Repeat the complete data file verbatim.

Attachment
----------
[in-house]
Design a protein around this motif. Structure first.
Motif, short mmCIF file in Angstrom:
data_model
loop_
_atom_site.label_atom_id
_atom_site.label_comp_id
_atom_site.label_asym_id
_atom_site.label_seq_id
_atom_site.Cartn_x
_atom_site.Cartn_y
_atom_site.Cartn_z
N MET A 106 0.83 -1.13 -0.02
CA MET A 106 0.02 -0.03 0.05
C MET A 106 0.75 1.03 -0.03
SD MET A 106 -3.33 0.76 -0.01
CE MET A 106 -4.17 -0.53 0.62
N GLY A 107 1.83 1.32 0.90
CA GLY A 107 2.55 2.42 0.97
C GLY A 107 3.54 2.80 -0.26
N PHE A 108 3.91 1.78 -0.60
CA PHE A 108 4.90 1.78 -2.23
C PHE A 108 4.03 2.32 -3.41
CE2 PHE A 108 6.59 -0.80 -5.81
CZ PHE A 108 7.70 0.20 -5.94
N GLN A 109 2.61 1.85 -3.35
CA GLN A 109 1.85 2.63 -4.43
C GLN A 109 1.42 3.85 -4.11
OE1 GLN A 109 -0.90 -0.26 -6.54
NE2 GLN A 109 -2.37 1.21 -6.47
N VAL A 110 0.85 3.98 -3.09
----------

[in-house]
Design a protein around this motif. Structure first.
Motif, short mmCIF file in Angstrom:
data_model
loop_
_atom_site.label_atom_id
_atom_site.label_comp_id
_atom_site.label_asym_id
_atom_site.label_seq_id
_atom_site.Cartn_x
_atom_site.Cartn_y
_atom_site.Cartn_z
N MET A 106 0.83 -1.13 -0.02
CA MET A 106 0.02 -0.03 0.05
C MET A 106 0.75 1.03 -0.03
SD MET A 106 -3.33 0.76 -0.01
CE MET A 106 -4.17 -0.53 0.62
N GLY A 107 1.83 1.32 0.90
CA GLY A 107 2.55 2.42 0.97
C GLY A 107 3.54 2.80 -0.26
N PHE A 108 3.91 1.78 -0.60
CA PHE A 108 4.90 1.78 -2.23
C PHE A 108 4.03 2.32 -3.41
CE2 PHE A 108 6.59 -0.80 -5.81
CZ PHE A 108 7.70 0.20 -5.94
N GLN A 109 2.61 1.85 -3.35
CA GLN A 109 1.85 2.63 -4.43
C GLN A 109 1.42 3.85 -4.11
OE1 GLN A 109 -0.90 -0.26 -6.54
NE2 GLN A 109 -2.37 1.21 -6.47
N VAL A 110 0.85 3.98 -3.09